Under Reg SCI, self-regulatory organizations, certain alternative trading systems (ATSs), plan processors, and certain exempt clearing agencies will be required to have comprehensive policies and procedures in place for their technological systems. Reg SCI also provide a framework for these entities to, among other things, take appropriate corrective action when systems issues occur; provide notifications and reports to the SEC regarding systems problems and systems changes; inform members and participants about systems issues; conduct business continuity testing; and conduct annual reviews of their automated systems. Continue Reading

#Ubergate Makes Plain That Privacy Cannot Be a Passing Thought for Start-Ups

Posted in Information Security, Online Privacy, Privacy

The long-brewing behind-the-scenes tensions of privacy, big data, and mobile finally came to a head last week in the public relations disaster known as #Ubergate. Uber’s meteoric rise to the pinnacle of the rideshare start-up economy has been fueled in part by its collection and usage of sensitive consumer geolocation information. An Uber executive’s recent freewheeling remarks about the potential abuse of that sensitive consumer data has ignited a firestorm of controversy, bringing to the fore additional allegations of questionable data usage practices. #Ubergate serves as a cautionary tale to any start-up collecting and using sensitive personal location information to invest early in privacy policies, practices, and ethics.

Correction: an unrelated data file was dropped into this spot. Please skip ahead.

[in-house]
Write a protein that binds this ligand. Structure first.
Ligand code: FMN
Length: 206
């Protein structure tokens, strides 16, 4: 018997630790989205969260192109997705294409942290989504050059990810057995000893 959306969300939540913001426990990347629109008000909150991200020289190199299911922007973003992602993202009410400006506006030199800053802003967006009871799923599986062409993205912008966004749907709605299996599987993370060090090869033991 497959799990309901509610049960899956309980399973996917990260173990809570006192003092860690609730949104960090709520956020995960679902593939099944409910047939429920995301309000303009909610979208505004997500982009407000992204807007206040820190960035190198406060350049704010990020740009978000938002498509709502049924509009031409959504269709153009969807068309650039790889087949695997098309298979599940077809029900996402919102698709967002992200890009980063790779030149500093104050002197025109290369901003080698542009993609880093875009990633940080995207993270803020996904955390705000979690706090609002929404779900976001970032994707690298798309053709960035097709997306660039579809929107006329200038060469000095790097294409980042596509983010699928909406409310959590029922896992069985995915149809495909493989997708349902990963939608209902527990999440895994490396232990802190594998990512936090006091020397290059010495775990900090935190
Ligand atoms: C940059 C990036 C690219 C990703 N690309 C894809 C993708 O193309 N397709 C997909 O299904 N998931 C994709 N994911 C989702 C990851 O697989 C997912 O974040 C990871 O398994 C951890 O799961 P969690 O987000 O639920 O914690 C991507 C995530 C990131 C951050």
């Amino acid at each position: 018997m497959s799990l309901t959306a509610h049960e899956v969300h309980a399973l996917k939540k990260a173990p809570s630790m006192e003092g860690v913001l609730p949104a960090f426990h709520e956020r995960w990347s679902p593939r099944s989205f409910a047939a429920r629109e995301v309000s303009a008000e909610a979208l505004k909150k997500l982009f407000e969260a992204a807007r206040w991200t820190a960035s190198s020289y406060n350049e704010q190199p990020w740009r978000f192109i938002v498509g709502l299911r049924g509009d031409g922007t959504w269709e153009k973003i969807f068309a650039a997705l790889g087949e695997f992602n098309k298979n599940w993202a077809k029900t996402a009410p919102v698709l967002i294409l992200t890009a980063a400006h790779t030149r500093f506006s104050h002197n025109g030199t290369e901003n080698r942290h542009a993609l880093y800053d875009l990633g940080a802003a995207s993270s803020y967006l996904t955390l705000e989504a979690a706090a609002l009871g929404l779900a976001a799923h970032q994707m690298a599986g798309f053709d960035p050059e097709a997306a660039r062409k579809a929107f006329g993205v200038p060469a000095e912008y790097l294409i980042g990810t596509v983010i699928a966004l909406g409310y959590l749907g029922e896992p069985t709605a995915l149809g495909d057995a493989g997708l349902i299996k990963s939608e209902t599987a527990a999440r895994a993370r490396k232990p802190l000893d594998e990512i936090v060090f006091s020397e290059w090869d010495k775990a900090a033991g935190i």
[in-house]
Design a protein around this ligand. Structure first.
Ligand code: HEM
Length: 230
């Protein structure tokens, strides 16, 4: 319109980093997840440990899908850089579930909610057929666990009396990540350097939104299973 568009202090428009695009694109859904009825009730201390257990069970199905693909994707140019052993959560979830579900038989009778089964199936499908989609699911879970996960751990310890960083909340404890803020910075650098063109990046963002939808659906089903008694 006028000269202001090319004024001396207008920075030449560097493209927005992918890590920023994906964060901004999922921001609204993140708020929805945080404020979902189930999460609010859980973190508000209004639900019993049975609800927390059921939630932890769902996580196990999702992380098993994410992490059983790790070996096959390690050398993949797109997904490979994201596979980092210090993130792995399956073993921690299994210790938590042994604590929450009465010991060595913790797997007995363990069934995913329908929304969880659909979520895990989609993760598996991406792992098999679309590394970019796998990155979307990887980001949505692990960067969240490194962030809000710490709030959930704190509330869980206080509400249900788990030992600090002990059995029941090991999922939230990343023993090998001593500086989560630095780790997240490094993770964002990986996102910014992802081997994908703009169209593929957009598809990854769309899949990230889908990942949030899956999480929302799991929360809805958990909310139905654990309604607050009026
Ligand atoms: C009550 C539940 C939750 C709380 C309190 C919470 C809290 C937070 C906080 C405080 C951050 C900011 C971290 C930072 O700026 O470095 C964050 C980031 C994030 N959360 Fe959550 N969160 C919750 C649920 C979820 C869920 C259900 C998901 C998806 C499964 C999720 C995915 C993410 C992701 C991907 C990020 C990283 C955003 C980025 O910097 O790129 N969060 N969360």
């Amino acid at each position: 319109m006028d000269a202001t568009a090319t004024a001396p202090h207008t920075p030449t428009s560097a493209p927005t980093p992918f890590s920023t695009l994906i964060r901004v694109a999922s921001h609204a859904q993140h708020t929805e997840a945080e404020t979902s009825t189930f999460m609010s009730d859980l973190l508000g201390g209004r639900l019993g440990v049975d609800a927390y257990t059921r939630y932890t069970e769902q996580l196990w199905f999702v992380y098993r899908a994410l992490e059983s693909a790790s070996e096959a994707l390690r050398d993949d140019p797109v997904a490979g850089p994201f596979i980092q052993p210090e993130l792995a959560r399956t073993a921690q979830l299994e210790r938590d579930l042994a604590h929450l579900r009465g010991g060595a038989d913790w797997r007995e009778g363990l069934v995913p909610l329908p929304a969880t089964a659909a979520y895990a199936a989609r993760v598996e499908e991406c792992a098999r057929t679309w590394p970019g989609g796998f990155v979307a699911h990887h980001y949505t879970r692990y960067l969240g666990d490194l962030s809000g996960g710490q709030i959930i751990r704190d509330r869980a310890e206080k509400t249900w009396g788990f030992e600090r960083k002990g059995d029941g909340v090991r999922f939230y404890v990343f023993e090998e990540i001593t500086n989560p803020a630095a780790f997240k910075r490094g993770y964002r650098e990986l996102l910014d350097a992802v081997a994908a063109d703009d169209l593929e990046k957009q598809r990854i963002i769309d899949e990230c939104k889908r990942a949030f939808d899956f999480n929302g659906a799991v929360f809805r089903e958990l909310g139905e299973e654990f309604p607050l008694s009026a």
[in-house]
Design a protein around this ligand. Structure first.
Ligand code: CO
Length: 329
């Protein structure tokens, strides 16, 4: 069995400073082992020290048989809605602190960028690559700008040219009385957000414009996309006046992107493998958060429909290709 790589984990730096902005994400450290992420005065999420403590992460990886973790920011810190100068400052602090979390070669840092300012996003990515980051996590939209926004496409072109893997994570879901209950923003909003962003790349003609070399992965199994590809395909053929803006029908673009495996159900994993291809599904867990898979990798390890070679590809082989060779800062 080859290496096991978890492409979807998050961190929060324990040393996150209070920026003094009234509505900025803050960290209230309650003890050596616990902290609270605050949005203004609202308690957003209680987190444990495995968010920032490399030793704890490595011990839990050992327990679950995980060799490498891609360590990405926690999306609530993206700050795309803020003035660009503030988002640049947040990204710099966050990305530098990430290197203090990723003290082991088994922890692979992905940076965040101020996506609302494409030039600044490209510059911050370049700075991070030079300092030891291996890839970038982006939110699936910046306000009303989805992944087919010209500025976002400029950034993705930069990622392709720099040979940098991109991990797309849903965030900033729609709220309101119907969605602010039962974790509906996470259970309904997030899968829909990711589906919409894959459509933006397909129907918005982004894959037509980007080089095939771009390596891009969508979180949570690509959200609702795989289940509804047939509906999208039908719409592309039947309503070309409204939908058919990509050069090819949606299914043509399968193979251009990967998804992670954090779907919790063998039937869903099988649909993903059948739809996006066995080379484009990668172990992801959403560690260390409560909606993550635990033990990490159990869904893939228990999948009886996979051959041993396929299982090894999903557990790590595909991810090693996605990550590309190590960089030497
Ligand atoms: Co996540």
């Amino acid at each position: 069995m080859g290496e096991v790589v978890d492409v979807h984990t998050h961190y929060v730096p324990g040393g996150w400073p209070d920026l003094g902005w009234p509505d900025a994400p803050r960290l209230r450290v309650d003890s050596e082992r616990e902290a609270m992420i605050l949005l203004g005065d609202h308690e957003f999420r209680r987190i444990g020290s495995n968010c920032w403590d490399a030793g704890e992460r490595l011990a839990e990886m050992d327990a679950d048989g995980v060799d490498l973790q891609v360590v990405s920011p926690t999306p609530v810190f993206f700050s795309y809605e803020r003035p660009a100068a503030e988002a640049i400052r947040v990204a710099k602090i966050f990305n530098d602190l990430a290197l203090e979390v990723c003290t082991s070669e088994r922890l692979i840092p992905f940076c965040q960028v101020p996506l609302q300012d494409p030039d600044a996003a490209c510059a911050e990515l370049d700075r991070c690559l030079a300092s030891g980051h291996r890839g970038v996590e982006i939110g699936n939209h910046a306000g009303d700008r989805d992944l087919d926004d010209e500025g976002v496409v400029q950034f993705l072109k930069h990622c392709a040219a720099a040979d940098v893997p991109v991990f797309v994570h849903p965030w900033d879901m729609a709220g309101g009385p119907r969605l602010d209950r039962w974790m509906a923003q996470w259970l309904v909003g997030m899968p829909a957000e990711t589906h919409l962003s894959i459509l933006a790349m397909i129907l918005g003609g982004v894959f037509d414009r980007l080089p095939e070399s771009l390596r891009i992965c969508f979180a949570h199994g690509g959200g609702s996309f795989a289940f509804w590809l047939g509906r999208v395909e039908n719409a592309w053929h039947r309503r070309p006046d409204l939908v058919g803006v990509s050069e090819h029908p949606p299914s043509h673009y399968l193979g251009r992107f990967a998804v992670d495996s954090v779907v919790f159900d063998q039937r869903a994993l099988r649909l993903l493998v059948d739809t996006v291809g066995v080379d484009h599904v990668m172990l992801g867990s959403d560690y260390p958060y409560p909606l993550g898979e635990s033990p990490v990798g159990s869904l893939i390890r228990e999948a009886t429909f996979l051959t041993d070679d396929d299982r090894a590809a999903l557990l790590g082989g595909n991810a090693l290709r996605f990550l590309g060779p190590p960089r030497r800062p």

UBER

Uber is a popular ridesharing service operating worldwide that uses a smartphone app to receive requests for trips, and then dispatch available drivers to riders. Founded in 2009, Uber reportedly just published its privacy policy publicly only last Tuesday. According to its privacy policy, Uber collects “Personal Information” such as a rider’s email, password, name, mobile phone number, zip code, credit card information, and user photo. It also collects “Usage Information,” including a rider’s Internet browser, IP address and geolocation data gathered during Uber trips. Some or all of this information may then be shared with the rider’s driver and his or her affiliated company. Its privacy policy states that Uber may also share a rider’s Personal Information and Usage Information with third parties (parent, subsidiaries, and affiliates) for unspecified “internal reasons.” A post on Uber’s blog about its privacy policy also states that it has a strict policy prohibiting all employees at all levels from accessing a rider’s or driver’s data, with the only exception being for “a limited set of legitimate business purposes.”

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Indecent Exposure: FTC Obtains Injunctions Against Debt Brokers for Improperly Published Consumer Information

Posted in Information Security

On November 12, 2014, the Federal Trade Commission announced that the District Court for the District of Columbia had entered preliminary injunctions against two debt sellers which, together, had improperly posted personal information of over 70,000 consumers online. The FTC filed complaints seeking permanent injunctions and other equitable relief against Cornerstone and Co., LLC, and Bayview Solutions, LLC, in August and October of this year, respectively. Ultimately, in each of these cases, the court entered injunctions prohibiting the companies from improperly publishing consumers’ personal information and requiring that the companies take steps to provide redress to those consumers harmed by their actions.